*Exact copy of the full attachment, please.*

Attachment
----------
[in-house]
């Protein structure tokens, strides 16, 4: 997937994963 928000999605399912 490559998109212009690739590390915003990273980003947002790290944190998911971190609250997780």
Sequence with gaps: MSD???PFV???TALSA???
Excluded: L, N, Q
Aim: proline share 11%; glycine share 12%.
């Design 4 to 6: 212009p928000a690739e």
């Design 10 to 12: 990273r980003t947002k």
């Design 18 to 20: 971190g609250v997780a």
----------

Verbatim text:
[in-house]
């Protein structure tokens, strides 16, 4: 997937994963 928000999605399912 490559998109212009690739590390915003990273980003947002790290944190998911971190609250997780």
Sequence with gaps: MSD???PFV???TALSA???
Excluded: L, N, Q
Aim: proline share 11%; glycine share 12%.
């Design 4 to 6: 212009p928000a690739e």
């Design 10 to 12: 990273r980003t947002k």
């Design 18 to 20: 971190g609250v997780a």